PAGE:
Skip to main content
ARS Home » Northeast Area » Boston, Massachusetts » Jean Mayer Human Nutrition Research Center On Aging » Research » Publications at this Location » Publication #360911

Title: Increased diet quality is associated with long-term reduction of abdominal and pericardial fat

item HENNEIN, RACHEL - National Institutes Of Health (NIH)
item LIU, CHUNYU - National Institutes Of Health (NIH)
item MCKEOWN, NICOLA - Jean Mayer Human Nutrition Research Center On Aging At Tufts University
item HOFFMAN, UDO - Harvard University
item LONG, MICHELLE - Boston University
item LEVY, DANIEL - National Institutes Of Health (NIH)
item MA, JIANTAO - National Institutes Of Health (NIH)

Submitted to: Obesity
Publication Type: Peer Reviewed Journal
Publication Acceptance Date: 1/2/2019
Publication Date: 3/1/2019
Citation: Hennein, R., Liu, C., McKeown, N.M., Hoffman, U., Long, M.T., Levy, D., Ma, J. 2019. Increased diet quality is associated with long-term reduction of abdominal and pericardial fat. Obesity. 27(4):670-677.

Interpretive Summary: Fat that is deposited around our organs is called visceral adipose tissue (VAT), and the fat that surrounds our heart is called pericardial adipose tissue (PAT). Preventing excess fat accumulation in these depots therefore may be important to cardiometabolic health. A healthier diet may be linked to lower accumulation of fat in our bodies. Few studies have examined whether diet is related to changes in these fat depots over time. Using the Framingham Heart Study data, we studied the change in diet quality in relation to the change in fat depots. Because underlying genetic predisposition may be related to fat depots, we considered if diet interacted with genes to influence the accumulation of fat in our bodies. We found a higher diet quality was linked to lower fat accumulation in VAT and PAT, and this was not influenced by our genes. Improvement in diet quality may lead to less fat around organs.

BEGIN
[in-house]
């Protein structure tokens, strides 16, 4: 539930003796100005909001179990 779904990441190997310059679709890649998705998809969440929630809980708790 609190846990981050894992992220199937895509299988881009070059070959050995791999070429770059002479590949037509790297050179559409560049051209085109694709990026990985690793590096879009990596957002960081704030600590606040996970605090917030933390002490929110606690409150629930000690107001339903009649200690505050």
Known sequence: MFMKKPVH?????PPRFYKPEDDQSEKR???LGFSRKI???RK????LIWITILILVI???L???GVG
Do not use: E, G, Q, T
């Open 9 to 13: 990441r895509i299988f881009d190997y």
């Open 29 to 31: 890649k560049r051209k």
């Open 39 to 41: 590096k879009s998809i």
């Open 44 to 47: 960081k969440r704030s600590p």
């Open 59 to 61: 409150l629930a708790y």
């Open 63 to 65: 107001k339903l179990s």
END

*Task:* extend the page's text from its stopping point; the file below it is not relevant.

Technical Abstract: Objective. We aimed to study the longitudinal associations between genetic risk, change in diet quality, and change in visceral adipose tissue (delta VAT), abdominal subcutaneous adipose tissue (delta SAT), and pericardial adipose tissue (delta PAT). Methods. We analyzed 1,677 Framingham Heart Study participants who had ectopic fat depots measured using computed tomography. We quantified diet quality using a Mediterranean-style diet score (MDS) and genetic risk by depot-specific genetic risk scores (GRSs). Results. Per standard deviation improvement in MDS, there was 50 cm^3 (95% CI: 14, 86; p=0.007) less fat accumulation in VAT; 52 cm^3 (95% CI: 12, 92; p=0.01) less fat accumulation in SAT; and 1.3 cm^3 (95% CI: 0.1, 2.4; p=0.04) less fat accumulation in PAT. No association was observed between GRSs and delta VAT or delta SAT. One standard deviation increase in the PAT GRS was associated with 1.2 cm^3 (95% CI: 0.1, 2.3; p=0.03) increase in delta PAT. In participants with higher PAT GRS, those with delta MDS >/= 0 had a favorable change in PAT compared to the counterparts with delta MDS <0 (p=0.008). Conclusions. Longitudinal improvements in diet quality are associated with less ectopic fat accumulation. Our study suggests that diet quality may play a critical role in improving ectopic adiposity profiles.